Polly Higgins is a lawyer from England who proposed the law of Ecocide to the United Nations. Her law of Ecocide addresses the core issue of today: ensuring the welfare of both people and planet. The term ecocide refers to any extensive damage or destruction of the natural landscape and the loss of ecosystems and where the survival of the inhabitants of that territory is endangered. Connected to this research her current focus of enquiry is on leadership crime, closing the door to dangerous industrial activity and creating a legal duty of care.
She says, “I’ve set myself a quest – to dare to be great. For me that means being in service to something greater than the self. I believe we all have the capacity for greatness – and that to end the era of Ecocide requires the greatness of humans to stand up and say ‘enough’ to all that is causing mass damage and destruction in this world.”
PAUL WATSON: Saving the whales, whatever it takes, 2014, acrylic on board and found plastic object, 14″ x 18″
Paul Watson is a Canadian environmentalist and one of the founders of Green Peace. As well, he is the founder of Sea Shepherd Conservation Society where he fights for animal rights.
He says, “All social change comes from the passion and intervention of individuals or small groups of individuals.”
“Slavery wasn’t ended by any government or any institution. Women got the right to vote not because of any government. The civil rights movement, the same thing. India with Mahatma Gandhi, South Africa with Nelson Mandela. Again, it’s always individuals. You need those individuals with the passion and the energy to get involved. In fact, I don’t know of any government or any institutions that are doing anything to solve any of these problems. All over the world, all I am seeing is individuals and non-government organizations that are passionately involved in protecting ecosystems and species, and that’s where I see some optimism. That’s where I see results are happening.”
BARACK OBAMA: Speaks, 2014, acrylic on board, 6″ x 9″
Barack Obama is the 44th president of the United States. In July 2013, Obama expressed reservations and stated he “would reject the Keystone XL pipeline if it increased carbon pollution” or “greenhouse emissions”. Obama’s advisers called for a halt to petroleum exploration in the Arctic in January 2013. On February 24, 2015, Obama vetoed a bill that would authorize the pipeline.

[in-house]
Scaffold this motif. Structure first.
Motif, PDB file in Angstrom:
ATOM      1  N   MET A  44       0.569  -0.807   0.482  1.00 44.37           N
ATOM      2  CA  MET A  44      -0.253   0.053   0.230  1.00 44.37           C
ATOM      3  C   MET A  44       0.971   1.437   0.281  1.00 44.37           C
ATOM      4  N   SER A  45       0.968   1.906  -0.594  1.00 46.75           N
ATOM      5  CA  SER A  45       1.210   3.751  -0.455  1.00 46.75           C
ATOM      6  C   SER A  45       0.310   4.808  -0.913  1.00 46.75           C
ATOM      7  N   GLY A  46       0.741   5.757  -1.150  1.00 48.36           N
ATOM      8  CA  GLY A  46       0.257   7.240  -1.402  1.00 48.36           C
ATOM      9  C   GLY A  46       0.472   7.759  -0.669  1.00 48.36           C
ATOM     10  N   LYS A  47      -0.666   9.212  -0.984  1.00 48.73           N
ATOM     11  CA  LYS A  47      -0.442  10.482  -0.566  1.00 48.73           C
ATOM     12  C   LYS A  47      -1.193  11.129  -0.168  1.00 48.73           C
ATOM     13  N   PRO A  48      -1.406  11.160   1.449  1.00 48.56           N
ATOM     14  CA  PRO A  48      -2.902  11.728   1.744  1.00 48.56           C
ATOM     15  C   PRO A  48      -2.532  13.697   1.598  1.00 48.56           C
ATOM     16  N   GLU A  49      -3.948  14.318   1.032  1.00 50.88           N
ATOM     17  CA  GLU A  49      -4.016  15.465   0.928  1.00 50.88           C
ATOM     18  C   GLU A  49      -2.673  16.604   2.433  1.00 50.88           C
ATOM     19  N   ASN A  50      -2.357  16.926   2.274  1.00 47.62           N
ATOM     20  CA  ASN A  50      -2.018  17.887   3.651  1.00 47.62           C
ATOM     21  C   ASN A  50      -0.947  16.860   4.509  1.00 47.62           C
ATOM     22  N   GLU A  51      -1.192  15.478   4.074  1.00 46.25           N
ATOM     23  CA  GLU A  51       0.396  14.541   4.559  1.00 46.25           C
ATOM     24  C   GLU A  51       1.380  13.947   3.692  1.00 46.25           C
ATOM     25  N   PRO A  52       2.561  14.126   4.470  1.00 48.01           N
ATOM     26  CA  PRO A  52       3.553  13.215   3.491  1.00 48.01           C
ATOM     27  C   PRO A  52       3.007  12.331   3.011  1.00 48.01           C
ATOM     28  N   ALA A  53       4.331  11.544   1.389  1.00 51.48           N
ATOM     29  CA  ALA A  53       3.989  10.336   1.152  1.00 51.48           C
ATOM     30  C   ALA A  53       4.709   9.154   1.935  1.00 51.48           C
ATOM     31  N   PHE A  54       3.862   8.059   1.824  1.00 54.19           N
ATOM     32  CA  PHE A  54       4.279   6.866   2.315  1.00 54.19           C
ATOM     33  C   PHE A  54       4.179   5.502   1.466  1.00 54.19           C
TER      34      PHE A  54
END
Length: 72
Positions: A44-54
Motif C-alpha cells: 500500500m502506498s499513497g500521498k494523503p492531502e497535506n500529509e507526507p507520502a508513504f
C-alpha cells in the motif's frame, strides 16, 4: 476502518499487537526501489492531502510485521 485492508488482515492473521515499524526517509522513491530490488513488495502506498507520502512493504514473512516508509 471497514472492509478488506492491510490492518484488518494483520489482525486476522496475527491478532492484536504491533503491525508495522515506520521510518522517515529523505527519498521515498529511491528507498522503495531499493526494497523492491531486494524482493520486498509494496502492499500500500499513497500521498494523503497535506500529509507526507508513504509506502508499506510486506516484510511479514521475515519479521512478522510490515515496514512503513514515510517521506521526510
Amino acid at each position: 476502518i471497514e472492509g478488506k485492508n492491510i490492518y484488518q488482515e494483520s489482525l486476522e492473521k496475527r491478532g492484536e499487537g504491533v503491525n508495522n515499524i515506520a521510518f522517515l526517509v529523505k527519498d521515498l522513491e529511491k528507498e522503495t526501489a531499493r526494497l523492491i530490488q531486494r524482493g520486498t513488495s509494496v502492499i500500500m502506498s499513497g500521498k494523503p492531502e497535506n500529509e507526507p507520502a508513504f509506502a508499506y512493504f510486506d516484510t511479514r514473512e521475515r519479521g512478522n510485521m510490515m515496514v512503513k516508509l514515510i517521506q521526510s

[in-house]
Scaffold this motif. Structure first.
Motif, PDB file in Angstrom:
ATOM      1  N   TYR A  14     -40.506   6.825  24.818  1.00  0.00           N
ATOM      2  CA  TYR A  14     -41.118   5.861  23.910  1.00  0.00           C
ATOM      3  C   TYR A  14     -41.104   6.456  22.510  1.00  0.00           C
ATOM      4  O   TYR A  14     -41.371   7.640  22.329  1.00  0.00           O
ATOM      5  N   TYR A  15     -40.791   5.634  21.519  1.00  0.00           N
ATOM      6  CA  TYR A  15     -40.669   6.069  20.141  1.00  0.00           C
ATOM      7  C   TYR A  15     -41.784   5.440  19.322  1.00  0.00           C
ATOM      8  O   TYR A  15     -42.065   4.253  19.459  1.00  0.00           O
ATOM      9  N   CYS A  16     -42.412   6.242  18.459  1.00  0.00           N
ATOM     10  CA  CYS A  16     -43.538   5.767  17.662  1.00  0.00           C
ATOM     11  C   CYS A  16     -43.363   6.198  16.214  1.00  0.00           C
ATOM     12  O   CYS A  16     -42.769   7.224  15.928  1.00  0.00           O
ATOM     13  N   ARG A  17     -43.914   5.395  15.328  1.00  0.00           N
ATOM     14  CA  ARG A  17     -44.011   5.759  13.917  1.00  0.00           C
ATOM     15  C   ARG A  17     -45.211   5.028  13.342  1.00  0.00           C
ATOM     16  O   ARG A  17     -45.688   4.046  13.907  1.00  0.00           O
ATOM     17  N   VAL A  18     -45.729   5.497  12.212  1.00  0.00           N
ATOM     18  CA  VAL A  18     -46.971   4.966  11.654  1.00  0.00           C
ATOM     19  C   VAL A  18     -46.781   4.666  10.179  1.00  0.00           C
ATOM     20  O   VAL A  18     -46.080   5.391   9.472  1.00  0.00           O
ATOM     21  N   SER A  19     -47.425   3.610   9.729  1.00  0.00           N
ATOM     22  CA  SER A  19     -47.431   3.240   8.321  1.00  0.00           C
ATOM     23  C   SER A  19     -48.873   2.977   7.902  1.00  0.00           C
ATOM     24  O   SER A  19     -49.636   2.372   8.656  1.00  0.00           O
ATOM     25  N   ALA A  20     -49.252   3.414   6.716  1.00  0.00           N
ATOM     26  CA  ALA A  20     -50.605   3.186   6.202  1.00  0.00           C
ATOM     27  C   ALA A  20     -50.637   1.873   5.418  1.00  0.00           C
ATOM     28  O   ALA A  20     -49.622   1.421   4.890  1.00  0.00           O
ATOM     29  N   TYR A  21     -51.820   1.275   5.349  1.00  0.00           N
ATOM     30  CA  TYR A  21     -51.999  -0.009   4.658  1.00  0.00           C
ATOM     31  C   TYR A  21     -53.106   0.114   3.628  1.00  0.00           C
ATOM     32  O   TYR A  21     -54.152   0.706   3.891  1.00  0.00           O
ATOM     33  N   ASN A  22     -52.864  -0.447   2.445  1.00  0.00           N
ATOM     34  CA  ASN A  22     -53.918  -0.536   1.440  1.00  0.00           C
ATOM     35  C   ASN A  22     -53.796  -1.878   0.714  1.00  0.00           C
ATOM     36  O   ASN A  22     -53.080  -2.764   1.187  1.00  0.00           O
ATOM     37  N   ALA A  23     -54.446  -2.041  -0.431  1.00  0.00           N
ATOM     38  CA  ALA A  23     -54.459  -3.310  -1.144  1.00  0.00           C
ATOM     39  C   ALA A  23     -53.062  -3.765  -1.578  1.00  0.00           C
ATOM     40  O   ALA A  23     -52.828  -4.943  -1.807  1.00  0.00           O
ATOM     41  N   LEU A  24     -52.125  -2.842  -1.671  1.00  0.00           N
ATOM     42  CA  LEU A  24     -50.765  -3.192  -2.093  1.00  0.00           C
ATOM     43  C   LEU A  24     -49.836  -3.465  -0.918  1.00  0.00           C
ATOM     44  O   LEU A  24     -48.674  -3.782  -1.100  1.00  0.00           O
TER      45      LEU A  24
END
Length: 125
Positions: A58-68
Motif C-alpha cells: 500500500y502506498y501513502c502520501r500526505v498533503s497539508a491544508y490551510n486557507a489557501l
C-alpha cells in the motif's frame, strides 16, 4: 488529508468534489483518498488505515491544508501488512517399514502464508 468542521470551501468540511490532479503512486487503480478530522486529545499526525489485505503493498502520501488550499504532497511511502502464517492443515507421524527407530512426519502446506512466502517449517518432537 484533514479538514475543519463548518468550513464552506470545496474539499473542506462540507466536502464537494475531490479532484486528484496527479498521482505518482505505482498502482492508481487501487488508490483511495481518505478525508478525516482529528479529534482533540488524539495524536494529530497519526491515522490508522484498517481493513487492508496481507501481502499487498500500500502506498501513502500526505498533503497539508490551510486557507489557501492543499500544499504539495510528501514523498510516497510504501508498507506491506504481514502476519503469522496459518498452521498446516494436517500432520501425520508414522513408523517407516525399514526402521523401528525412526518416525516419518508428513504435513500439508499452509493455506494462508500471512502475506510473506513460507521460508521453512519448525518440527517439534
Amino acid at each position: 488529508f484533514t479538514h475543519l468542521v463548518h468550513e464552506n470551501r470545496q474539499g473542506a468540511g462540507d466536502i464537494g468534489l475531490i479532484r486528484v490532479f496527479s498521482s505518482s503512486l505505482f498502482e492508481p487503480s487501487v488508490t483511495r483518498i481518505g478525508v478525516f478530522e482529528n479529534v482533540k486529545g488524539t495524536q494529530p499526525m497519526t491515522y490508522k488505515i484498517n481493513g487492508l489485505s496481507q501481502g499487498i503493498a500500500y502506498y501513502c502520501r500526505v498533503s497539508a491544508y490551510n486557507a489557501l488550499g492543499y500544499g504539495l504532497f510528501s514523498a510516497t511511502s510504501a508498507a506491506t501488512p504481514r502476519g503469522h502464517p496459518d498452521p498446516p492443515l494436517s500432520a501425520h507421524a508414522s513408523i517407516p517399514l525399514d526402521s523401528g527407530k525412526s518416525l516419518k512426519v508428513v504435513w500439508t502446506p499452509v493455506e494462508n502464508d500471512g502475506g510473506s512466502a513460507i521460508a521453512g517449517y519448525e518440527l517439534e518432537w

He says, “That bright blue ball rising over the moon’s surface, containing everything we hold dear – the laughter of children, a quiet sunrise, all the hopes and dreams of posterity – that’s what’s at stake. That’s what we’re fighting for. And if we remember that, I’m absolutely sure we’ll succeed.” President Barack Obama, June 25, 2013, https://www.whitehouse.gov/energy
The United States is leading global efforts to address the threat of climate change. Wind power has tripled, and energy from the sun has increased tenfold. U.S. carbon emissions have fallen by 10 percent from 2007 to 2013 – the largest absolute emissions reduction of any country in the world. https://www.whitehouse.gov/climate-change
NEIL YOUNG: Sings and writes to take a stand , 2014, Acrylic on Board Neil Young is a Canadian singer/songwriter and musician and concerned environmentalist. He takes a stand in his music and wonders who is going to advocate for the earth’s resources in his song ‘Who’s going to Stand Up?’. http://neilyoung.warnerreprise.com/storytone/ He sings, “Protect the wild, tomorrow’s child, Protect the land from the greed of man, Stand up to oil, Renew the soil, Who’s going to stand up and save the Earth? Who’s going to say that she’s had enough? Who’s going to take on the big machine? This all starts with you and me. End fossil fuel. Draw the line Before we build one more pipeline. End fracking now. Save the earth for our sons and daughters. Damn the dams, Save the Rivers, Starve the takers and feed the givers. This all starts with you and me.”
JAMES CAMERON: Visits and Speaks Out, 2014, acrylic on board, 6″ x 9″
James Cameron is a Canadian film maker, environmentalist and explorer. A new species of frog found in Venezuela, was named after him for his environmental efforts, the Pristimantis jamescameroni. After his visit to the oil sands in Alberta he stood with First Nations leaders and urged people to protect their land from pollution.
He says, “But I did come here [Fort McMurray] with a very, very strong set of opinions – you might even say passions – about what we need to be doing to save ourselves, and to save the natural world around us. Everything I learned I had to fit into that framework, and nothing that I saw challenged it. In fact, a lot of what I saw just reinforced that framework. You see the devastation of the surface mining around Fort McMurray, just north of Fort McMurray, you know, it’s appalling.” http://www.theglobeandmail.com/news/national/james-cameron-talks-oil-sands-with-the-globe/article1380446/?page=all
JAMES HANSEN: Speaks Out, 2015, acrylic on board, 6″ x 9″